The most watched TV episodes of all time
In the era of streaming and binge-watching, the North American pastime of gathering with family and friends around the TV to watch television events like beloved series finales, special episodes or miniseries doesn’t exist like it used to. While many describe recent years as the Golden Age of television, beloved shows from past decades still hold the distinction of being ratings record holders.
Large numbers of workers are still open to new jobs, but there are fewer employees on the hunt for a new role than late last year. © Provided by Crikey
Around 19 per cent of workers are considering leaving their job, according to NAB analysis, down from 22 per cent last quarter and 23 per cent in the final quarter of 2021.
The pandemic is broadly considered the trigger for a period of high employee turnover around the world, often referred to as ‘The Great Resignation’.
The NAB survey also found an uptick in the number of workers with no plans to change jobs, with 34 per cent of workers content in their role compared to 31 per cent in the final months of 2021.
The rising cost of living and global economic uncertainty means older Australians such as Brett are delaying retirement
When Brett Clements got his first job at 15, he dreamed that, if he worked hard, he would be able to enjoy the fruits of his labour and retire at 40, but it wasn't to be.A modest superannuation balance and the rising cost of living mean the 60-year-old Perth-based cleaner expects to be working for at least another 10 years.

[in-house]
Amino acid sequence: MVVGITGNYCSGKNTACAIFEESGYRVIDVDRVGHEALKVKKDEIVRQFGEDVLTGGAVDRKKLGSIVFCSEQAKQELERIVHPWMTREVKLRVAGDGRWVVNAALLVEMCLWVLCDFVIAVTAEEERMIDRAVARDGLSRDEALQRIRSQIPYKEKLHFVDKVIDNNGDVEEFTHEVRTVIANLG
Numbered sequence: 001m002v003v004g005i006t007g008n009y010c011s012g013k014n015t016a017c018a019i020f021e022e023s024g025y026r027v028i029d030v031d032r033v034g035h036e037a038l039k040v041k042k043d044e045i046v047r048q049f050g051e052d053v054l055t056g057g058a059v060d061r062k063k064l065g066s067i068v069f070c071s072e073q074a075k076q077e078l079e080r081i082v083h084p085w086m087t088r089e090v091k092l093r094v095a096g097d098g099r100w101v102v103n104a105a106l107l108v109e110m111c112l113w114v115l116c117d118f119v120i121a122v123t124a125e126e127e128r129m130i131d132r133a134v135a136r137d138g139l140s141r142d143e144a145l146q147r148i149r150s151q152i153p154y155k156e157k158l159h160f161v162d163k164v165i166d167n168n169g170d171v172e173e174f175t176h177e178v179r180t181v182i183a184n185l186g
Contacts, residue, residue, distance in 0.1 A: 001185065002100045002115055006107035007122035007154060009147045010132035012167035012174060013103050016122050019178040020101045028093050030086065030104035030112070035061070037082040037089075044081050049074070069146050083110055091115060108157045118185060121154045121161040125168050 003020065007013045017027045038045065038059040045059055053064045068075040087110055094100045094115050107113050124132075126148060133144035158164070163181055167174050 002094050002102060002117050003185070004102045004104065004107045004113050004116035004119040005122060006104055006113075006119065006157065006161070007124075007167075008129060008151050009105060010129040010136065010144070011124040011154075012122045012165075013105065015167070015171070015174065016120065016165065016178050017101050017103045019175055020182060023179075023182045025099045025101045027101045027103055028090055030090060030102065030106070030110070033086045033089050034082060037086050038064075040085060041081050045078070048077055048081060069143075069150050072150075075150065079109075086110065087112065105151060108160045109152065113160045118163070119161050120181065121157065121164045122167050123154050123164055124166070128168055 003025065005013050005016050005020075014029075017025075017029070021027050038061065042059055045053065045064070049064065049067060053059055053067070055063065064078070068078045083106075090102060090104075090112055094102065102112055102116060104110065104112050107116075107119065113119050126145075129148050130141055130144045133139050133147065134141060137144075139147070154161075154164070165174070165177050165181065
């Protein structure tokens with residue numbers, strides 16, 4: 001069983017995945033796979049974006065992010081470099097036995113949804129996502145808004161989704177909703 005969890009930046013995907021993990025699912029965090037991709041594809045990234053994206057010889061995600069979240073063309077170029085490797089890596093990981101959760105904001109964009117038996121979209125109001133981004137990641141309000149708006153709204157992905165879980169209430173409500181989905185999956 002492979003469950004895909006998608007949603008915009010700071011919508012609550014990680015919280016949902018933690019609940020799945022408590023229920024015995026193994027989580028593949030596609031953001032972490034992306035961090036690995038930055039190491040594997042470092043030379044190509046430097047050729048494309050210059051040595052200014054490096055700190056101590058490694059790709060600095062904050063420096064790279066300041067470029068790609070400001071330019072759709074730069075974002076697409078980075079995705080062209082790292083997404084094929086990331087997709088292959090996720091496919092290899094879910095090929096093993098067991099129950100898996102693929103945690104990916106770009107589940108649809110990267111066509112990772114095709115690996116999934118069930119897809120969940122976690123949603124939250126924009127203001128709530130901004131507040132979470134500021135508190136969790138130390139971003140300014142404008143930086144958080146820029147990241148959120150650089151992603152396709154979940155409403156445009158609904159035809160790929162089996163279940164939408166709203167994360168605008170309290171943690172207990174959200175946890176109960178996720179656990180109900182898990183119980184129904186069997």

Young workers were the most open for change, with 24 per cent of employees aged 18-29 interested in a new challenge.
Workers in mining and agribusiness were more open to a change of job than people working in other industries, with 34 per cent of mining staff interested in a change compared to 28 per cent in the first quarter of this year.
People working in property and recreation and personal services were the least likely to be interested in a new job.
While Thursday’s labour force figures revealed the lowest unemployment rate in 48 years, employment also fell by 41,000 when a 25,000 boost was expected.
The fall in the participation rate due to winter illness, floods and school holidays partially explained these results, although some noted the pace of inflation and interest rate rises could be reflected in the fall in employment.
The NAB survey also found many workers felt they wanted more time in the workplace rather than at home.
Workers typically spend about 34 per cent of their work week at home but would prefer spending half the week in the office or other workplace.
Commute times remained the key reason people were working from home, with catching COVID-19 becoming less of a concern .
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China's jobless youth left in the lurch .
China's slowing economy has left millions of young people fiercely competing for an ever-slimming raft of jobs and facing an increasingly uncertain future. - Slim prospects - Analysts blame a slowing economy crippled by Covid lockdowns, as well as the large cohort entering the labour force during the graduating season in July and August, for the slim prospects facing China's youth.Official data released this month showed one in five young people in Chinese cities was out of work in July -- more than three times the national average and the highest recorded since January 2018.